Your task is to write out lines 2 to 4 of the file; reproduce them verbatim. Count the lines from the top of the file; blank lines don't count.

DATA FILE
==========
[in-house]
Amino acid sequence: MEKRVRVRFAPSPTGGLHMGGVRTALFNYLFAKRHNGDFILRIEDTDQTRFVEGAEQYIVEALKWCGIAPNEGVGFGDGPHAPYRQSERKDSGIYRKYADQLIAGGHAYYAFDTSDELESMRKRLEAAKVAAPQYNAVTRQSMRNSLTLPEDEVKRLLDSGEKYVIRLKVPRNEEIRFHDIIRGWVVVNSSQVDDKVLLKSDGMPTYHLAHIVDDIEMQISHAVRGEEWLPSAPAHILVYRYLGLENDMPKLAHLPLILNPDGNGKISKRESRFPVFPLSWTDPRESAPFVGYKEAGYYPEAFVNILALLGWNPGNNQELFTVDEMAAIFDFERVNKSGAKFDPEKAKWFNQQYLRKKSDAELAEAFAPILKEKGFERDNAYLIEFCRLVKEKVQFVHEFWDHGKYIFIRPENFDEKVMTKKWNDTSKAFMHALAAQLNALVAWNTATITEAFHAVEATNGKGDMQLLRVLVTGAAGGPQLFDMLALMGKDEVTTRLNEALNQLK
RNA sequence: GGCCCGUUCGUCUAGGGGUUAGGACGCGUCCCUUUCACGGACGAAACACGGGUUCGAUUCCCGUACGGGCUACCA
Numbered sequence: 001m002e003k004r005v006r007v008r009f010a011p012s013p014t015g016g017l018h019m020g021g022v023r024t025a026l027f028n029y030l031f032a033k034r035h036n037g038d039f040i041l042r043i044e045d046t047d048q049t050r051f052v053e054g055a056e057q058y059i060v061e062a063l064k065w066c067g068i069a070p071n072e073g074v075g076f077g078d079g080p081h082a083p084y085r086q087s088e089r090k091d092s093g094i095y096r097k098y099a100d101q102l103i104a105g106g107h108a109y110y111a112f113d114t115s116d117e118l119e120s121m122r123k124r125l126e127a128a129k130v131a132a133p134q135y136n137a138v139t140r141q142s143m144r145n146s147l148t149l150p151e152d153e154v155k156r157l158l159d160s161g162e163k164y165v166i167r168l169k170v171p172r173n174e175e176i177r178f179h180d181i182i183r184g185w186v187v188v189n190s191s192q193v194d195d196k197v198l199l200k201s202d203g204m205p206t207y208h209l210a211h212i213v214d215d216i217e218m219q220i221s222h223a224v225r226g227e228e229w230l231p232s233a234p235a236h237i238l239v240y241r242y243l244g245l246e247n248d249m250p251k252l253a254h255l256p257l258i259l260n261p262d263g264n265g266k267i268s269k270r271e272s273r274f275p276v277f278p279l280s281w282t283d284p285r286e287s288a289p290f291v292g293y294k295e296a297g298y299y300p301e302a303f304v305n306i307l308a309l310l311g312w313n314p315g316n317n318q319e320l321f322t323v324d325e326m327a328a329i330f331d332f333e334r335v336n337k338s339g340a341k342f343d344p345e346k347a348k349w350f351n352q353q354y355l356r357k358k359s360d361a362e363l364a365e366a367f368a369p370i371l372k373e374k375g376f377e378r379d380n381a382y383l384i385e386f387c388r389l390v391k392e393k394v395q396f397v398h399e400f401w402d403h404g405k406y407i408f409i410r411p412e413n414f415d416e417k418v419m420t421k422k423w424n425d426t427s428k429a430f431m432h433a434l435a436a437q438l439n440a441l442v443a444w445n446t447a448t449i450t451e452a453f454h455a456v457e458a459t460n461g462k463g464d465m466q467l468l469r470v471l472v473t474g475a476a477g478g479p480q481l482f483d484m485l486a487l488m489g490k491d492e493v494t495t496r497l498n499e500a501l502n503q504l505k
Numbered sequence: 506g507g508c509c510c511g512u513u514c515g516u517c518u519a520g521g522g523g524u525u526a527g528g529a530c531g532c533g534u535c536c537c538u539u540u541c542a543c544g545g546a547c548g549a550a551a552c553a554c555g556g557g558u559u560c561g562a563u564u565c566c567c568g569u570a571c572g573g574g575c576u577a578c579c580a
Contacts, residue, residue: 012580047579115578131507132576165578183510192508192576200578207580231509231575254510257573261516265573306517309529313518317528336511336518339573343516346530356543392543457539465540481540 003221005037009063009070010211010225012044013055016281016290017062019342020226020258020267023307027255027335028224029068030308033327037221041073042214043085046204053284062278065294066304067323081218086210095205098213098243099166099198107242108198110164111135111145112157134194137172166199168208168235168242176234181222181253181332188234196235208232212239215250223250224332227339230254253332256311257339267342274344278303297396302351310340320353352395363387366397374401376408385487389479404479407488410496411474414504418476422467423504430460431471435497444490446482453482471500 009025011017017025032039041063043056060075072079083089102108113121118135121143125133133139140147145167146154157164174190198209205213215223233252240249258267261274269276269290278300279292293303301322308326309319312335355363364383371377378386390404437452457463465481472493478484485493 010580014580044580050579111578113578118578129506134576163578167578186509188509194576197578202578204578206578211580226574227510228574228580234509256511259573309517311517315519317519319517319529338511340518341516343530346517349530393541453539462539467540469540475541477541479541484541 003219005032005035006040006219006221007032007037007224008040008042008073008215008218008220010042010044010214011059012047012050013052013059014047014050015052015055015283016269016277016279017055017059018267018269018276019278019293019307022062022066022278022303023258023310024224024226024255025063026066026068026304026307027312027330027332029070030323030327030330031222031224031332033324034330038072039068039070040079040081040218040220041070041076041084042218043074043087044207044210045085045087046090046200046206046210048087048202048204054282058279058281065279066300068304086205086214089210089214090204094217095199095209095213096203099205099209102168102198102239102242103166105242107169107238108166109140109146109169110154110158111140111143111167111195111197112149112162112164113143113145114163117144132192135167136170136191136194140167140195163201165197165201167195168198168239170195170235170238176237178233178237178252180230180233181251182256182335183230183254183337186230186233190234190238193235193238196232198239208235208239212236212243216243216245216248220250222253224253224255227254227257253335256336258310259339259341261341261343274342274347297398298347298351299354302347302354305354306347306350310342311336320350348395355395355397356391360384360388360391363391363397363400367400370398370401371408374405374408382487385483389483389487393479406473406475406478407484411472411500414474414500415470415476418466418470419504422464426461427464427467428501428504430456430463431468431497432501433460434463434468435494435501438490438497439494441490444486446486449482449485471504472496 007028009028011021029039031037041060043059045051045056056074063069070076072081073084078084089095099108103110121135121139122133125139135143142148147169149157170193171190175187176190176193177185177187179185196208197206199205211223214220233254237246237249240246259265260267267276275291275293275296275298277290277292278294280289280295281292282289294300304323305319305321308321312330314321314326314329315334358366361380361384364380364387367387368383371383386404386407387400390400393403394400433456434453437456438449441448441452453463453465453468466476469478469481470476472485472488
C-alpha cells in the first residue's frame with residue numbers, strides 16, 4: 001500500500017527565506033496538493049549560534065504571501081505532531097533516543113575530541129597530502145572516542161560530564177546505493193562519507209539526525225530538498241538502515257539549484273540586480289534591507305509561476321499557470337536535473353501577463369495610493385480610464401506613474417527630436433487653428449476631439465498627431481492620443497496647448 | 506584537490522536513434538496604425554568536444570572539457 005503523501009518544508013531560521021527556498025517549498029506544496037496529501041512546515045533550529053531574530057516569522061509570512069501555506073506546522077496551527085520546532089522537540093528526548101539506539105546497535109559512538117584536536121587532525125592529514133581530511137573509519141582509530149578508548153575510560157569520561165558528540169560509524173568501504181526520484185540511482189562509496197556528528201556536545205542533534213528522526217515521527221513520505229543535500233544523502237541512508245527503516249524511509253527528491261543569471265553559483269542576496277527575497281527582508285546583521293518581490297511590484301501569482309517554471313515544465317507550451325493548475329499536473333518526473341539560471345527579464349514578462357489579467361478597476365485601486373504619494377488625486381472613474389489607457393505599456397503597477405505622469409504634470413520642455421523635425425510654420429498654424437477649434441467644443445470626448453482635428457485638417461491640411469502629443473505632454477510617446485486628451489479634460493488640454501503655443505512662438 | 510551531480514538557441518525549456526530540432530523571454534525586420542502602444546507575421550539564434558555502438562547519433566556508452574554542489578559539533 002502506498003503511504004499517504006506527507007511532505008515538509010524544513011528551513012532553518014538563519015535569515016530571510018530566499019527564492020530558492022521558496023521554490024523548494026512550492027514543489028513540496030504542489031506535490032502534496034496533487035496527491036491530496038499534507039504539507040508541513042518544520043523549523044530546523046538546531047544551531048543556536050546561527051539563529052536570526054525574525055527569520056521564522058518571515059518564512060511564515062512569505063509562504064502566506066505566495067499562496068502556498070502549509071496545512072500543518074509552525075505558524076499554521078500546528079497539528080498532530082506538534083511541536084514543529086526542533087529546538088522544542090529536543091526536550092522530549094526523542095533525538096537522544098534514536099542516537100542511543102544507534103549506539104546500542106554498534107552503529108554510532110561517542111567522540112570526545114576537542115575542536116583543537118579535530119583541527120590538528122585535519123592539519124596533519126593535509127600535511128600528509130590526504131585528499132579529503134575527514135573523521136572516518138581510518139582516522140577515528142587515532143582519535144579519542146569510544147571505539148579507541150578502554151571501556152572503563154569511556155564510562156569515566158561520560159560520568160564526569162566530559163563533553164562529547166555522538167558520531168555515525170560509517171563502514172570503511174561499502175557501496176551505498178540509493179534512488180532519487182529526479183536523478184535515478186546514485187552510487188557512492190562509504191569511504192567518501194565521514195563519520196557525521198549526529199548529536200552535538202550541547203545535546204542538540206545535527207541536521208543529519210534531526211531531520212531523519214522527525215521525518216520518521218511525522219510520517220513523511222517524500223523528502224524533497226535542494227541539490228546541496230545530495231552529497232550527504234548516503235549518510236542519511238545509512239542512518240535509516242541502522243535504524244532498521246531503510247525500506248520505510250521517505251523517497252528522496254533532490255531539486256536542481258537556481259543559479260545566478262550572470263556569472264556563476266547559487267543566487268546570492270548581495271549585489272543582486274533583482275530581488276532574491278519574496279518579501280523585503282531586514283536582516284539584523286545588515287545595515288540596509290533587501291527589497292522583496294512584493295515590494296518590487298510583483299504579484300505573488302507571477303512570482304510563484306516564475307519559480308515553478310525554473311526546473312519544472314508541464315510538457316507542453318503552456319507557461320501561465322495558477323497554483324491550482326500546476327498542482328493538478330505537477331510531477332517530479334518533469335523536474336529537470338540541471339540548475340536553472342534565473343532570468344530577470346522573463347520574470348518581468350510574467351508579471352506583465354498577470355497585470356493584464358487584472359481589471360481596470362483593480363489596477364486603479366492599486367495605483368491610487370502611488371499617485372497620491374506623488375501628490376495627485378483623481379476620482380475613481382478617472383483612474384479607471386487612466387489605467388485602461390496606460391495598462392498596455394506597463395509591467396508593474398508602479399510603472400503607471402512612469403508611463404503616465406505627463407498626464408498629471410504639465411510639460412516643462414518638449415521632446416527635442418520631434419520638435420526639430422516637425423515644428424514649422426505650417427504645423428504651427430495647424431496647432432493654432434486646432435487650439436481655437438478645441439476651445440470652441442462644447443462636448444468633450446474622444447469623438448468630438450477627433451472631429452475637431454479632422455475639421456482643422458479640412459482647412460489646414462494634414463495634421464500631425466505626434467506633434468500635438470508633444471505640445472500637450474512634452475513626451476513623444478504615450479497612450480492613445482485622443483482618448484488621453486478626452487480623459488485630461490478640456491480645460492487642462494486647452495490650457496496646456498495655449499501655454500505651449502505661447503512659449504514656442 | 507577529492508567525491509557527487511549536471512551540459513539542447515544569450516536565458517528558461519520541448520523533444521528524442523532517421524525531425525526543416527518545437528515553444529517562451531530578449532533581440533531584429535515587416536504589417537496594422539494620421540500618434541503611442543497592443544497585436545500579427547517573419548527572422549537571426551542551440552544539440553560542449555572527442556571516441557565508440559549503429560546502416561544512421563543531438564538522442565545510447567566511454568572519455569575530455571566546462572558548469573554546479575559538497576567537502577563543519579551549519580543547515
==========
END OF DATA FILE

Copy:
Amino acid sequence: MEKRVRVRFAPSPTGGLHMGGVRTALFNYLFAKRHNGDFILRIEDTDQTRFVEGAEQYIVEALKWCGIAPNEGVGFGDGPHAPYRQSERKDSGIYRKYADQLIAGGHAYYAFDTSDELESMRKRLEAAKVAAPQYNAVTRQSMRNSLTLPEDEVKRLLDSGEKYVIRLKVPRNEEIRFHDIIRGWVVVNSSQVDDKVLLKSDGMPTYHLAHIVDDIEMQISHAVRGEEWLPSAPAHILVYRYLGLENDMPKLAHLPLILNPDGNGKISKRESRFPVFPLSWTDPRESAPFVGYKEAGYYPEAFVNILALLGWNPGNNQELFTVDEMAAIFDFERVNKSGAKFDPEKAKWFNQQYLRKKSDAELAEAFAPILKEKGFERDNAYLIEFCRLVKEKVQFVHEFWDHGKYIFIRPENFDEKVMTKKWNDTSKAFMHALAAQLNALVAWNTATITEAFHAVEATNGKGDMQLLRVLVTGAAGGPQLFDMLALMGKDEVTTRLNEALNQLK
RNA sequence: GGCCCGUUCGUCUAGGGGUUAGGACGCGUCCCUUUCACGGACGAAACACGGGUUCGAUUCCCGUACGGGCUACCA
Numbered sequence: 001m002e003k004r005v006r007v008r009f010a011p012s013p014t015g016g017l018h019m020g021g022v023r024t025a026l027f028n029y030l031f032a033k034r035h036n037g038d039f040i041l042r043i044e045d046t047d048q049t050r051f052v053e054g055a056e057q058y059i060v061e062a063l064k065w066c067g068i069a070p071n072e073g074v075g076f077g078d079g080p081h082a083p084y085r086q087s088e089r090k091d092s093g094i095y096r097k098y099a100d101q102l103i104a105g106g107h108a109y110y111a112f113d114t115s116d117e118l119e120s121m122r123k124r125l126e127a128a129k130v131a132a133p134q135y136n137a138v139t140r141q142s143m144r145n146s147l148t149l150p151e152d153e154v155k156r157l158l159d160s161g162e163k164y165v166i167r168l169k170v171p172r173n174e175e176i177r178f179h180d181i182i183r184g185w186v187v188v189n190s191s192q193v194d195d196k197v198l199l200k201s202d203g204m205p206t207y208h209l210a211h212i213v214d215d216i217e218m219q220i221s222h223a224v225r226g227e228e229w230l231p232s233a234p235a236h237i238l239v240y241r242y243l244g245l246e247n248d249m250p251k252l253a254h255l256p257l258i259l260n261p262d263g264n265g266k267i268s269k270r271e272s273r274f275p276v277f278p279l280s281w282t283d284p285r286e287s288a289p290f291v292g293y294k295e296a297g298y299y300p301e302a303f304v305n306i307l308a309l310l311g312w313n314p315g316n317n318q319e320l321f322t323v324d325e326m327a328a329i330f331d332f333e334r335v336n337k338s339g340a341k342f343d344p345e346k347a348k349w350f351n352q353q354y355l356r357k358k359s360d361a362e363l364a365e366a367f368a369p370i371l372k373e374k375g376f377e378r379d380n381a382y383l384i385e386f387c388r389l390v391k392e393k394v395q396f397v398h399e400f401w402d403h404g405k406y407i408f409i410r411p412e413n414f415d416e417k418v419m420t421k422k423w424n425d426t427s428k429a430f431m432h433a434l435a436a437q438l439n440a441l442v443a444w445n446t447a448t449i450t451e452a453f454h455a456v457e458a459t460n461g462k463g464d465m466q467l468l469r470v471l472v473t474g475a476a477g478g479p480q481l482f483d484m485l486a487l488m489g490k491d492e493v494t495t496r497l498n499e500a501l502n503q504l505k